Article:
With an awkward laugh between them, the males of Midland council shifted in their seats figuratively while passing a motion in support of an initiative put forward by the Town of Cochrane this summer, asking the upper levels of government to include the early detection PSA (prostate-specific antigen) test for men into the national healthcare system.
The motion was brought forward by Coun. Carole McGinn, who simply said, “Men, your health matters.”
In the silence following the comment, Coun. Bill Gordon waggled his index finger in view of the virtual meeting, signifying the shorthand for the male prostate exam and prompting surprised laughter from McGinn and other members of council.
“There’s nothing enjoyable about that awkward moment where you’re on your side looking at the wall,” described Gordon to the public, “and trying either not to talk to your doctor or talk about the Jays game or something, while the fickle finger of fate does its thing.
“But you know what? You’ve got to do it, guys. It’s so easy to remedy, it’s so detectable early, and it’s completely survivable.
“I know it’s normally exit-only, but you’ve got to make an exception every couple of years as you get older, okay? So hit the doc up; they’re not enjoying it any more than you are,” Gordon concluded among laughter from council.
Coun. Cody Oschefski also imparted that blood and urine samples would provide a thorough diagnostic that could change how a person exercises and diets.
“I’m at that point where they encourage that you get all your diagnostic tests done, and I’ve been in some… poking and prodding sessions in the past little while,” said Oschefski, adding that one’s health is easier to manage overall with earlier screening tests.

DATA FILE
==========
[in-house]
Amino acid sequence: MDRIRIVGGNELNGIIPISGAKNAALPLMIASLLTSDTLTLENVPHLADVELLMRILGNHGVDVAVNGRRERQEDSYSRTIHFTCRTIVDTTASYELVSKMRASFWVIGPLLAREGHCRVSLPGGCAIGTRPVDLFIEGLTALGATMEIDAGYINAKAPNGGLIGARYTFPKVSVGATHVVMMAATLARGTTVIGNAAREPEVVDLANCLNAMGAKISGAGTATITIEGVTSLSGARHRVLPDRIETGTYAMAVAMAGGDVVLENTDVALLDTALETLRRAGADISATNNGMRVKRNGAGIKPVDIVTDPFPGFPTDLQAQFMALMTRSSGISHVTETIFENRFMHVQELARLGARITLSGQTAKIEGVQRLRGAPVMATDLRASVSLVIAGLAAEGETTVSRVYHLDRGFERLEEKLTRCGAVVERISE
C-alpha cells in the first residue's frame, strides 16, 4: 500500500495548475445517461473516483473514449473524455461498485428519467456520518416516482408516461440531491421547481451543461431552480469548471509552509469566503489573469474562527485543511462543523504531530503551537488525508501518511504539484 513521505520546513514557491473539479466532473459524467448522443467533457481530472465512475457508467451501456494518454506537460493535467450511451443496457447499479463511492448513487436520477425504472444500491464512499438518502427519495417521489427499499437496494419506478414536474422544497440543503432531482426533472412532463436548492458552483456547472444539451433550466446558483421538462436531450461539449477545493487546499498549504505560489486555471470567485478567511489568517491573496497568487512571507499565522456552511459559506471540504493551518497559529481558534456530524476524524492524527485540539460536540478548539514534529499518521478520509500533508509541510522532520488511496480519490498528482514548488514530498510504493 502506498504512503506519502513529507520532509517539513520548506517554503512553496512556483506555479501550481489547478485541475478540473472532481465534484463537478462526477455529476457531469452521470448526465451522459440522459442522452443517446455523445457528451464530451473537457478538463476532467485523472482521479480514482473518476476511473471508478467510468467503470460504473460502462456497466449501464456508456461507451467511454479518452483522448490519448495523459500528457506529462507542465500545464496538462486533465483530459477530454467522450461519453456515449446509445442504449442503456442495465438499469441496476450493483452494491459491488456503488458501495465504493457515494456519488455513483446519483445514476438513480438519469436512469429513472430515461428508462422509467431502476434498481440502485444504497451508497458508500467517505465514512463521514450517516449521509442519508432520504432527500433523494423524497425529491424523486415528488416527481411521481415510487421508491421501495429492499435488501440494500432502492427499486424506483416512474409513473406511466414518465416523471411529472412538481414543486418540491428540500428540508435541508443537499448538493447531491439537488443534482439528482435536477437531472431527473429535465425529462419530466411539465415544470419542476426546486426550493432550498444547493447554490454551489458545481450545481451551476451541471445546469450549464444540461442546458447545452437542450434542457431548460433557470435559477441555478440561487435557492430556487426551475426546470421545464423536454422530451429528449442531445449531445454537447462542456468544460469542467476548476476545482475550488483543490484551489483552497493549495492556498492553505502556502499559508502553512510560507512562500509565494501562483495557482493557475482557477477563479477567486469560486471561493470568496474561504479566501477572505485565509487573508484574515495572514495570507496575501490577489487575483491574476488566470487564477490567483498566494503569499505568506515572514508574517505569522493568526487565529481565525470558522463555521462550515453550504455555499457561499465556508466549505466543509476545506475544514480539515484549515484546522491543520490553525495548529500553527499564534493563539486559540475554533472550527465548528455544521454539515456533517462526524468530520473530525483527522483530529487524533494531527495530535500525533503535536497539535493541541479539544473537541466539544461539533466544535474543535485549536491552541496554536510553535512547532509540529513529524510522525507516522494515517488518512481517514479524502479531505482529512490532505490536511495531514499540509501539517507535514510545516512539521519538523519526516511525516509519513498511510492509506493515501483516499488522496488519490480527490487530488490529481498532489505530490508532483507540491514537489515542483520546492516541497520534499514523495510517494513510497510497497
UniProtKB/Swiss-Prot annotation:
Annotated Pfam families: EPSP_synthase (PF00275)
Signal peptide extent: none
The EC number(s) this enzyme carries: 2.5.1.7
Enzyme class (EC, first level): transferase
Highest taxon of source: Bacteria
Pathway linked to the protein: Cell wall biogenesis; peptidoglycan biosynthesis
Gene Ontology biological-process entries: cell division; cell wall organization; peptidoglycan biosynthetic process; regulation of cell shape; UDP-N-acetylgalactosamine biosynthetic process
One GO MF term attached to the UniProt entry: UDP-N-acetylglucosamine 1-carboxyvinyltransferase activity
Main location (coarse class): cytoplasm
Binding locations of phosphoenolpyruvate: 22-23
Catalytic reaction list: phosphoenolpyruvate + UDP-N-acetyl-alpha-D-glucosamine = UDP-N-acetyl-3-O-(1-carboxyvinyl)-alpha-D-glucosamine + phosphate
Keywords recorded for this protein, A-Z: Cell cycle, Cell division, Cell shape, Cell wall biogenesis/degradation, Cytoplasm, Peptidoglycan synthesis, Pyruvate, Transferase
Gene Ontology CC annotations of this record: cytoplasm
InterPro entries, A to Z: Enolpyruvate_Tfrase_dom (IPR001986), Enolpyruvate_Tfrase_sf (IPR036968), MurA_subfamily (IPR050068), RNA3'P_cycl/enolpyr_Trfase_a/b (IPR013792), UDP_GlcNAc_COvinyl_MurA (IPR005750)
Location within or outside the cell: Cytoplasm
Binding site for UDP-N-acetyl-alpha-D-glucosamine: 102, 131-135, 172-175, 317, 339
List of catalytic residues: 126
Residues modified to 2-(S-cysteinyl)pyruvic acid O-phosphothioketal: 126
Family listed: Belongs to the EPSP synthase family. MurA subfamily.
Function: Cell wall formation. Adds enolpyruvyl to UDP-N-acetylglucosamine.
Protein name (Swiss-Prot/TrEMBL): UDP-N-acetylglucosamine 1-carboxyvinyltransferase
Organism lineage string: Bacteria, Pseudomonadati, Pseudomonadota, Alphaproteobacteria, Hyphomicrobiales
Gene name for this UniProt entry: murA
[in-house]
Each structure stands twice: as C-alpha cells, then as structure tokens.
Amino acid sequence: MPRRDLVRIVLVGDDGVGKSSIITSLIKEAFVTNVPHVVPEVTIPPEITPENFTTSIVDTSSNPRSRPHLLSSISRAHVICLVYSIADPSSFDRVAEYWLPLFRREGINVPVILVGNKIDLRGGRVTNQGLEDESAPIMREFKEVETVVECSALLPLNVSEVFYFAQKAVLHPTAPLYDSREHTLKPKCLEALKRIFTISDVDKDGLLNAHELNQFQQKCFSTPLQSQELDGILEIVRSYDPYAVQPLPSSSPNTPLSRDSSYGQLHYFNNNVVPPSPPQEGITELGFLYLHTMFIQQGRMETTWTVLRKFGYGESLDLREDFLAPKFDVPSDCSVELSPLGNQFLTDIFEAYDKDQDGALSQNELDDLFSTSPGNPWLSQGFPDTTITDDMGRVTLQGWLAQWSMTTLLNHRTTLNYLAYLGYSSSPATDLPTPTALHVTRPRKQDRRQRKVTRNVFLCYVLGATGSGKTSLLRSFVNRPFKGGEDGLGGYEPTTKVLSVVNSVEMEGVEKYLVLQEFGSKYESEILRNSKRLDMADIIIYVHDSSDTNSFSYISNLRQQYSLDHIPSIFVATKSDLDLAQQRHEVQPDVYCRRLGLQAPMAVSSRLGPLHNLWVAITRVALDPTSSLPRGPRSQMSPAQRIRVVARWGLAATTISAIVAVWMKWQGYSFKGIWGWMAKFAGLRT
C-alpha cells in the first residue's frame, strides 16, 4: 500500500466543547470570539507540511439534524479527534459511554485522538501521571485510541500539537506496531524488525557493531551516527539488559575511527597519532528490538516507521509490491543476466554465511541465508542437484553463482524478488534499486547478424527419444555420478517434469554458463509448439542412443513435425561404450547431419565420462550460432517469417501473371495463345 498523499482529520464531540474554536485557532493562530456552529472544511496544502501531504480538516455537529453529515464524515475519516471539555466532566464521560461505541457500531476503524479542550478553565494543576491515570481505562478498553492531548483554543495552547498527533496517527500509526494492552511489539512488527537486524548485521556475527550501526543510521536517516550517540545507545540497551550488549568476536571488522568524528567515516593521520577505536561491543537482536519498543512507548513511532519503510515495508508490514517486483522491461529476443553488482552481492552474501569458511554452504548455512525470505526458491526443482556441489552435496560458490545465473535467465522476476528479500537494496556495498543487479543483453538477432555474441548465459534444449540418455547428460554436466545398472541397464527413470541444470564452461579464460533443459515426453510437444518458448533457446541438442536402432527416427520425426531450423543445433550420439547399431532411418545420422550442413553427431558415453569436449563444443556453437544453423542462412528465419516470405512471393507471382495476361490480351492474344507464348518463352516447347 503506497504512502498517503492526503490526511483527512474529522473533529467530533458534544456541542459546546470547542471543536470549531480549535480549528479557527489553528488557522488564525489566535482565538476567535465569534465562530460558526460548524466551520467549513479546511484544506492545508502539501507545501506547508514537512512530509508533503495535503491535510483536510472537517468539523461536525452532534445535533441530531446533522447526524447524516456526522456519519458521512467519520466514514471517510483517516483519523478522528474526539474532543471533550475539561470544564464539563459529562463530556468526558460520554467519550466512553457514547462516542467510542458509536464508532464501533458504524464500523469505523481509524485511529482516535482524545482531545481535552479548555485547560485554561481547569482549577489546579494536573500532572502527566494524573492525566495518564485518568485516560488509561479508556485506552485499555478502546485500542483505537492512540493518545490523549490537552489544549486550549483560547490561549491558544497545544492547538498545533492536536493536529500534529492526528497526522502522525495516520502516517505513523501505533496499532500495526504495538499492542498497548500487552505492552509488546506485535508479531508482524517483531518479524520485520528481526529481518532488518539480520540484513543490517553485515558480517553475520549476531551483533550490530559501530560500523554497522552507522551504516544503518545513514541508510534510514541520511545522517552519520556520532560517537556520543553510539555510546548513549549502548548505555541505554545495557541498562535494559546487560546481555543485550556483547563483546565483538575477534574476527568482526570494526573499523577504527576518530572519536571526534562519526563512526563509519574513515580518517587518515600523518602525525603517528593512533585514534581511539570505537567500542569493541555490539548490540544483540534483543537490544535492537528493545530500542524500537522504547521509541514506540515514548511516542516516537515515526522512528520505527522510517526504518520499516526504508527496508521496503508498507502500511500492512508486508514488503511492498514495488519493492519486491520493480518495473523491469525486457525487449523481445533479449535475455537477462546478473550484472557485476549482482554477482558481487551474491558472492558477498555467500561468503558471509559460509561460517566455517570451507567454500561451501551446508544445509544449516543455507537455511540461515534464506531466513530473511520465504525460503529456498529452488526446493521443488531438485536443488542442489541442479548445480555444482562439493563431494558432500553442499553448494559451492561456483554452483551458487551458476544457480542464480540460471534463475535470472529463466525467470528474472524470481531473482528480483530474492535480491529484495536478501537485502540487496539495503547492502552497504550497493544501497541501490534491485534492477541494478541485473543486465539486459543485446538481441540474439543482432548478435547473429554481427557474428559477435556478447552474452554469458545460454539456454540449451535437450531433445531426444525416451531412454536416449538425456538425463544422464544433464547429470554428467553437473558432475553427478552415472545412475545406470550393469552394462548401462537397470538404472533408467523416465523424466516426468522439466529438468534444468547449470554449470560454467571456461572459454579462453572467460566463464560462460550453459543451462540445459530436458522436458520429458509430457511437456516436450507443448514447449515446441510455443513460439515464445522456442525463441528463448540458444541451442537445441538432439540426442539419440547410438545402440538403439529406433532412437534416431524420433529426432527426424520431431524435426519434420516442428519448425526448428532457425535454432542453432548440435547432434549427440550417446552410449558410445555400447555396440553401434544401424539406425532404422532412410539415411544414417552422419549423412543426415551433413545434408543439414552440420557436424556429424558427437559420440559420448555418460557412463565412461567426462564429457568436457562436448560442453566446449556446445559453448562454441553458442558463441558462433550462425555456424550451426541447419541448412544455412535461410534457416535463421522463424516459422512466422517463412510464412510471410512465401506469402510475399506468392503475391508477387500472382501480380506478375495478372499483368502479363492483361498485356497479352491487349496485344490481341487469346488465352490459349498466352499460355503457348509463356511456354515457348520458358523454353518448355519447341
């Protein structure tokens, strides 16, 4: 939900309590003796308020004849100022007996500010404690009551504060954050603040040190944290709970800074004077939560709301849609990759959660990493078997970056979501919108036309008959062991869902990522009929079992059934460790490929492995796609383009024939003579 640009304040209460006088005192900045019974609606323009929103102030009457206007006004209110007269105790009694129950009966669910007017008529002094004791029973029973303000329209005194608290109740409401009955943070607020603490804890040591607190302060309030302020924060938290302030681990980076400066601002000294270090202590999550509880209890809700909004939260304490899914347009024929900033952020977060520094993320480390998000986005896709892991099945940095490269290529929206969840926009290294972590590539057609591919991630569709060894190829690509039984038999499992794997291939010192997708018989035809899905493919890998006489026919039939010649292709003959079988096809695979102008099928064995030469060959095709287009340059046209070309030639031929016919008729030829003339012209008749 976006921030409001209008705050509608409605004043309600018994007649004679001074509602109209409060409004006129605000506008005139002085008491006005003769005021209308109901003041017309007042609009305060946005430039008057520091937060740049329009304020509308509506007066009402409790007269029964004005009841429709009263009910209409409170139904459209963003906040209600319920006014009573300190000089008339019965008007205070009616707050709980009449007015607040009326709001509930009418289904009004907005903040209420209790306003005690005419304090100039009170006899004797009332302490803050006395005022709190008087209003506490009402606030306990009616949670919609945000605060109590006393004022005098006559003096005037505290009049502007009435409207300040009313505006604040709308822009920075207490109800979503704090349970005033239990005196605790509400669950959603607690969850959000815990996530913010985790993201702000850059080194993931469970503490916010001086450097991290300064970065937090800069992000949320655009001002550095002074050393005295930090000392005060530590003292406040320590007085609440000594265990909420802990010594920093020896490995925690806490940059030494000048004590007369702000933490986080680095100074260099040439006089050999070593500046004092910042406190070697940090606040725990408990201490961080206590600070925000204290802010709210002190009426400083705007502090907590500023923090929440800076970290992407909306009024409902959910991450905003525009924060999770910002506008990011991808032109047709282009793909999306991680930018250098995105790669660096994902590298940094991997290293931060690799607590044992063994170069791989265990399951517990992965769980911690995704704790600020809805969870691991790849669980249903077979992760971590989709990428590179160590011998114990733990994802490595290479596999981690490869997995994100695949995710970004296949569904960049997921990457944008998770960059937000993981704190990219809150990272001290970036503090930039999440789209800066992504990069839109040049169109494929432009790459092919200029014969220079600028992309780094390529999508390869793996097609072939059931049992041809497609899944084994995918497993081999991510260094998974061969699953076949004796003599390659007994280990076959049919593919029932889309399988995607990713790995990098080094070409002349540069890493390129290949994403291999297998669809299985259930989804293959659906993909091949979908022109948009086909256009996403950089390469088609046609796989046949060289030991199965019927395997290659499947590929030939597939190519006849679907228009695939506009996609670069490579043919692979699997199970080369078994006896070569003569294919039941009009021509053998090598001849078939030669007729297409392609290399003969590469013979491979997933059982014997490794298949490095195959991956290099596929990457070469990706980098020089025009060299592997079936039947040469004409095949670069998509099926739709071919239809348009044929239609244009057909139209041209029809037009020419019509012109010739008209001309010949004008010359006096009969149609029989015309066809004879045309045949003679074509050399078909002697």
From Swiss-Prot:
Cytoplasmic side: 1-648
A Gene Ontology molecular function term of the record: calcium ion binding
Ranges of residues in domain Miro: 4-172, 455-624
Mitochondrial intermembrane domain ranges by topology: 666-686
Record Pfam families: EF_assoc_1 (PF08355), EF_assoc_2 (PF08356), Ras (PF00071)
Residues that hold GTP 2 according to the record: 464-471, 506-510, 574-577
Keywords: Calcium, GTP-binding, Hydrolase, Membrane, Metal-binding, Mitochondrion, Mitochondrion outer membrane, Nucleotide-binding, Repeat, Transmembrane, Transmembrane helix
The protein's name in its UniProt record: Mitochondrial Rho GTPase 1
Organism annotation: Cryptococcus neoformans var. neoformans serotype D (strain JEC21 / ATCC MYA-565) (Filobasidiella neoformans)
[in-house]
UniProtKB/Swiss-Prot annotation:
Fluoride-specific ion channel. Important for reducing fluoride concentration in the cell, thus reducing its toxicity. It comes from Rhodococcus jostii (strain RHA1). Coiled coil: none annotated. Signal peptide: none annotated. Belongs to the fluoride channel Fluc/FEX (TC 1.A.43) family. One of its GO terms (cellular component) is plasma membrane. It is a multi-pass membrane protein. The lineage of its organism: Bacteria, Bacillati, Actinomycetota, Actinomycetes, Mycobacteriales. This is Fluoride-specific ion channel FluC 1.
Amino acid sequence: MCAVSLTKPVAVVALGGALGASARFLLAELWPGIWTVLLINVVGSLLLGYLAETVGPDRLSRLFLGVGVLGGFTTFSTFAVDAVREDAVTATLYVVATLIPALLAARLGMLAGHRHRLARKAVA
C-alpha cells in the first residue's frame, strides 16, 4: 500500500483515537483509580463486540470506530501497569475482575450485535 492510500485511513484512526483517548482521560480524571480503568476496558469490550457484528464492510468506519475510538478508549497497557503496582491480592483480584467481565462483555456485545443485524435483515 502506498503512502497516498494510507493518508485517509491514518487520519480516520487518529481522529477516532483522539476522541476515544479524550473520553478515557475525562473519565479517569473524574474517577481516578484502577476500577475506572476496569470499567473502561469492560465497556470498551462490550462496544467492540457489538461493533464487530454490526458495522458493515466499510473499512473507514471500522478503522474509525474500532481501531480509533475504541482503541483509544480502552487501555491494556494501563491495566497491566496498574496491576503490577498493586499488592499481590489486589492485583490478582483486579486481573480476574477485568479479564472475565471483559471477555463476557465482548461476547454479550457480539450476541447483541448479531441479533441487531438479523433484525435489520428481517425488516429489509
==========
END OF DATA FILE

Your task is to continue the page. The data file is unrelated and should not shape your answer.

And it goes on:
In the original letter to Prime Minister Trudeau, Cochrane town council wrote that 11 men die of avoidable prostate cancer each day, and 1.5 million Canadian men do not seek the early detection PSA testing which costs $33 for each test which, when detected, elevates the survival rate close to 100%.
Prostate cancer is the leading cause of new cancer cases among males in both Simcoe Muskoka as well as Ontario, according to the Simcoe Muskoka District Health Unit (SMDHU). Further information on prostate cancer can be found on the prostate cancer incidence page of the SMDHU website.
Council meetings are held on the first and third Wednesdays of each month, and can be viewed on Rogers TV cable channel 53, or through the livestream on the Rogers TV website. Archives of council meetings are available through Rogers TV and on the Town of Midland’s YouTube channel.
Derek Howard, Local Journalism Initiative Reporter, MidlandToday.ca